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Advisory body calls for US tactical nukes as it meets with Park

Oct. 13, 2016 - 16:50 By Shin Hyon-hee
President Park Geun-hye’s advisory panel on unification policy has proposed a reintroduction of US tactical nuclear weapons and the constant stationing of other advanced strategic assets on the peninsula as deterrence against North Korea’s evolving threats.

In a recent paper, the National Unification Advisory Council made an array of policy suggestions, raising the need to better utilize top-notch US weapons systems such as the F-22 stealth fighter and B-2 nuclear bomber.
On home ground, Seoul should bring forward the establishment of its own Kill Chain and Korea Air and Missile Defense pre-emptive strike schemes, which are currently scheduled for the early 2020s to be used with the US Terminal High Altitude Area Defense anti-missile system expected to be deployed here late next year. 
“To explore the reinstatement of US tactical nuclear weapons and the permanent placement of some state-of-the-art US strategic assets inside the South could serve as pressure on not only North Korea, but also China over its sanctions against the North,” the report reads.

“(During the Cold War,) the US’ deployment of Pershing II missiles in Europe against the then Soviet Union’s SS nuclear-equipped missiles helped place the Soviet on the defensive in their strategic weapons race and eventually served as a factor behind its collapse.”

The NUAC also called for a comprehensive scheme to overhaul the impact of international sanctions against the communist state such as by creating a new expert group here apart from the UN mechanism.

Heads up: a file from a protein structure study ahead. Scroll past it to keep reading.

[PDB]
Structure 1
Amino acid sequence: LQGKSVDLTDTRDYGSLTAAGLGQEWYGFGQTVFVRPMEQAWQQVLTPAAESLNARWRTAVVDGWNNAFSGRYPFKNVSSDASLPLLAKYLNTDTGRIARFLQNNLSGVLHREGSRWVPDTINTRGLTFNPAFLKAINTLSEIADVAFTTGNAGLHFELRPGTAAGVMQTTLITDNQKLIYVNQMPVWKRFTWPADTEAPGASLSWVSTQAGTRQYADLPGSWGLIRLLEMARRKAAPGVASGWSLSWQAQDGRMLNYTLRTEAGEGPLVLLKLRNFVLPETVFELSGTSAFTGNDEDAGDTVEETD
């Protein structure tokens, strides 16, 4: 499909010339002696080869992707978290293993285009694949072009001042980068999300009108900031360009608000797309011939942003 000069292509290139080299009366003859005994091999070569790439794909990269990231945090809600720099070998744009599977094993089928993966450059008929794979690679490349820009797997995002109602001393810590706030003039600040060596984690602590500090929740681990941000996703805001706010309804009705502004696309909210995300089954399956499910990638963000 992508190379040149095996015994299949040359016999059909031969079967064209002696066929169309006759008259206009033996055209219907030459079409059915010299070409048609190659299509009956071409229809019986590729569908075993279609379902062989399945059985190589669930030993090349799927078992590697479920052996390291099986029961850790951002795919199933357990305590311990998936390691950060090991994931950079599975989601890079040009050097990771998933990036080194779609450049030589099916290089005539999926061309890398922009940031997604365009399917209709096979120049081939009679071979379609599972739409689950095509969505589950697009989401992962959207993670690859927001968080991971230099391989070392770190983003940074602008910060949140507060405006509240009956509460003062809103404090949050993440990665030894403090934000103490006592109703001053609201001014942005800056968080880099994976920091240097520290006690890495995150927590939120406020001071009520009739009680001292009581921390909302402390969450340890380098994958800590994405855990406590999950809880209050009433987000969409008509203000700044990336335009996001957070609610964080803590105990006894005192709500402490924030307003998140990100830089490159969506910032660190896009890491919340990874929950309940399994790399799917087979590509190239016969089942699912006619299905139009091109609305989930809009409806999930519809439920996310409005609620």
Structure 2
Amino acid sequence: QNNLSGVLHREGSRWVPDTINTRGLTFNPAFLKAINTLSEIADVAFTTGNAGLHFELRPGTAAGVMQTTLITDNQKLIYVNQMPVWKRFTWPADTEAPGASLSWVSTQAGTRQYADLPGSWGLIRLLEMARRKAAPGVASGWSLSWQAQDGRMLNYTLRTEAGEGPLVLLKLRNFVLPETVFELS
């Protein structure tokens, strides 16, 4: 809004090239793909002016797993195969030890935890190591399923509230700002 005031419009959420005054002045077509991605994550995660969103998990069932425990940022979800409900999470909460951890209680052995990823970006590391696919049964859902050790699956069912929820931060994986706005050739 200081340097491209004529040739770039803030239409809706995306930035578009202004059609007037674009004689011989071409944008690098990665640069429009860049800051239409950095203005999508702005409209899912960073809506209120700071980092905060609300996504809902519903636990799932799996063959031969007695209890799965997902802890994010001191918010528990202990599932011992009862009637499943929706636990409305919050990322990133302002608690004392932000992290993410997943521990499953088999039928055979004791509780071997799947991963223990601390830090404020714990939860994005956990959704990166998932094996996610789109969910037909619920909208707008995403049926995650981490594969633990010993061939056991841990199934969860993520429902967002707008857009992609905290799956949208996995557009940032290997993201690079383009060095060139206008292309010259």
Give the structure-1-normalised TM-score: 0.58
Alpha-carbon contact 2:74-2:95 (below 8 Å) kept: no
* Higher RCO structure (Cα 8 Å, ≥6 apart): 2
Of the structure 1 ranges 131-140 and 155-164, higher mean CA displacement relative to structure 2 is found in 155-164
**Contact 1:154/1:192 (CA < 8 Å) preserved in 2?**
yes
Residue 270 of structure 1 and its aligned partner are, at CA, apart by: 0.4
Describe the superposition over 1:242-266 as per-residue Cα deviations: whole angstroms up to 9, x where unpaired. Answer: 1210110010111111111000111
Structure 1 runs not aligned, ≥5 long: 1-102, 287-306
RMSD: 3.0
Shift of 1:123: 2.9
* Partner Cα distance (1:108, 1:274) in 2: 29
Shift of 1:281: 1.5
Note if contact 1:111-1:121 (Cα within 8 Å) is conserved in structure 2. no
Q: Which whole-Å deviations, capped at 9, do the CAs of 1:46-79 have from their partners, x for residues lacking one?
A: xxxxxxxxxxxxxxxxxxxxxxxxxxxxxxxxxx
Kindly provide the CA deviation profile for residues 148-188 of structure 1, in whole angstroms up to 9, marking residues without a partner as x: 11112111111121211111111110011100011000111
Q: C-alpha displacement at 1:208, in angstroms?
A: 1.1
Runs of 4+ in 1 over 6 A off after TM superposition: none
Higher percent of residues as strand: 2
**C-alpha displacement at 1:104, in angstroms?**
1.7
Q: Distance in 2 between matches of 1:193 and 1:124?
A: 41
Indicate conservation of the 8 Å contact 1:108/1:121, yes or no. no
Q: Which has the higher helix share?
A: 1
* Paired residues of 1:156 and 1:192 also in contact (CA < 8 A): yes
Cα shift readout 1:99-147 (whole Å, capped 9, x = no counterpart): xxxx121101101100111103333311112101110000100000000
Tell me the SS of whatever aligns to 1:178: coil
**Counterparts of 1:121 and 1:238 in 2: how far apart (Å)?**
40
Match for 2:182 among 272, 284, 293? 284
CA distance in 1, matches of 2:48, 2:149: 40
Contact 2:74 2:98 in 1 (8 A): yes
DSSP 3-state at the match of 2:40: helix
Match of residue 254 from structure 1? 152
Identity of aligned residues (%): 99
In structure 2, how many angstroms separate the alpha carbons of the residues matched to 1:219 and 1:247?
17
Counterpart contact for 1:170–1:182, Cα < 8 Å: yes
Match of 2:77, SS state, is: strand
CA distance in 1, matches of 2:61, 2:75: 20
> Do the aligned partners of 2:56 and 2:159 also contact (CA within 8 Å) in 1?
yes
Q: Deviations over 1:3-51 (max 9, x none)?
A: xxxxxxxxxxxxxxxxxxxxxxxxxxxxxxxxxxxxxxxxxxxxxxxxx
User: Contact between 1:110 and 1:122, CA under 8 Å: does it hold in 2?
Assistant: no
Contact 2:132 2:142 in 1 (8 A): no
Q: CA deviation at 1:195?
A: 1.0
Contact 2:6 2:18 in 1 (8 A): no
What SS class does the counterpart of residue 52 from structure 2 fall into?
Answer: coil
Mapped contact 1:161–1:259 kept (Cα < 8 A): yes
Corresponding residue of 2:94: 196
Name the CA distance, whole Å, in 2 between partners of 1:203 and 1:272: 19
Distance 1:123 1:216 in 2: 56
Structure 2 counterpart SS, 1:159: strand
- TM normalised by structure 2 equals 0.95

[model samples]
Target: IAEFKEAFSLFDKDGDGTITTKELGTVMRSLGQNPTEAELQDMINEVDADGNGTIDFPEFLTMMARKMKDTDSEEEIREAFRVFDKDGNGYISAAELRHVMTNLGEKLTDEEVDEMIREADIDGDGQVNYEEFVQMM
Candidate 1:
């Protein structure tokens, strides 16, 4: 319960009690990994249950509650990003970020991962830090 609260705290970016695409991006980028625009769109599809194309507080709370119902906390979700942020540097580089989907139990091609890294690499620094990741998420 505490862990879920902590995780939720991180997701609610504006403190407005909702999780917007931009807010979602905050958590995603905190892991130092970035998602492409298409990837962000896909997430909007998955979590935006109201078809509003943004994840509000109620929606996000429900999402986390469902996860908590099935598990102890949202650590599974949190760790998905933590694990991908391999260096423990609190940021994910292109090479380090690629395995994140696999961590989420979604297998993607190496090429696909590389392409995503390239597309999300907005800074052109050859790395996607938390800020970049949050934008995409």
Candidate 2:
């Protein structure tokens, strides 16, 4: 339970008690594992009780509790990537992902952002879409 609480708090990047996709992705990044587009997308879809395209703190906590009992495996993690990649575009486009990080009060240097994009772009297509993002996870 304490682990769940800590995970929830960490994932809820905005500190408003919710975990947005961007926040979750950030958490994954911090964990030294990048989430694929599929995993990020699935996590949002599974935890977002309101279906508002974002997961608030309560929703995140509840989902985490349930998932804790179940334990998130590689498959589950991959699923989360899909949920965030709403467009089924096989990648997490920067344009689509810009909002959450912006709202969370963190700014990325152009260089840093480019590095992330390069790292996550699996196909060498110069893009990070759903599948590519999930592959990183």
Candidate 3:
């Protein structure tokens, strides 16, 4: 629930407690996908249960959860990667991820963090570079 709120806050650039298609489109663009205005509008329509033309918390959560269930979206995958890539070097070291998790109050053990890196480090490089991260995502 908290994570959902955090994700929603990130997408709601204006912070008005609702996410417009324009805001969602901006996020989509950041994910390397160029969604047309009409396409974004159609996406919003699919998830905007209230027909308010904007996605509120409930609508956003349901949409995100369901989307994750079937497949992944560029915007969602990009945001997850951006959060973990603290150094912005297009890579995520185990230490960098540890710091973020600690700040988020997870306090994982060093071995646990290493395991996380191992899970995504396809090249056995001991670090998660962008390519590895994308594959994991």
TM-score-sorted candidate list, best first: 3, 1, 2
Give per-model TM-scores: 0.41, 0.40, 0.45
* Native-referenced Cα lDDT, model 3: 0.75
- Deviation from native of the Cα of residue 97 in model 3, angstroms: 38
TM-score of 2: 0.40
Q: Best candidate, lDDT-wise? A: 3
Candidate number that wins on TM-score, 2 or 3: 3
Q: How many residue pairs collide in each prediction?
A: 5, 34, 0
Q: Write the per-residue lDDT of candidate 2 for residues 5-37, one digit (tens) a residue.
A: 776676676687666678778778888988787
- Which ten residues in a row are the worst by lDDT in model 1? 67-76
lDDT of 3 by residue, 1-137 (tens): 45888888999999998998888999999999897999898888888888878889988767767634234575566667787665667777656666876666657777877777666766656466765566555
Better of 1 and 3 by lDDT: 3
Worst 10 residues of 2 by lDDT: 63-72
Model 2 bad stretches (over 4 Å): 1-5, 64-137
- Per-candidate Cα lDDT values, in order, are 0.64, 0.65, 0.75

If Pyongyang carries out further provocations, additional steps should be taken to bar civilian trade and the dispatch of workers overseas as well as expand the blacklist of individuals and entities, it said.

Presided over by the president, the council writes a quarterly paper to be submitted to Cheong Wa Dae, which contains a set of policy suggestions drawn up through discussions and deliberations among experts. The latest report was handed over late September, officials said.

Later on Thursday, Park met with 530 international members of the panel from 92 countries, who were gathered in Seoul for a four-day conference.

A focal point is whether she will look at the proposed ideas afresh, despite having reaffirmed Seoul’s commitment to a nuclear-free peninsula.

Since Pyongyang’s fourth and fifth nuclear tests this year, some senior lawmakers and analysts have been calling for the allies to bring tactical nuclear weapons here, if Seoul is not to take the path toward its own nuclear armament.

Choi Kang, vice president of the Asan Institute for Policy Studies in Seoul, said that any armament move would face extreme difficulty in gaining acceptance worldwide and could also bring political, diplomatic, economic and military repercussions to Seoul.

“South Korea should constantly emphasize that it will not need to build nuclear weapons if the US guarantees its extended deterrence in a more concrete and practical manner, but if not, it will inevitably be placed in a position (of having) to pursue its own bomb-making capabilities,” he wrote on the think tank’s blog Thursday.

“Meanwhile, South Korea may argue for the redeployment of tactical nukes starting with the hosting of dual capable military assets.”

By Shin Hyon-hee (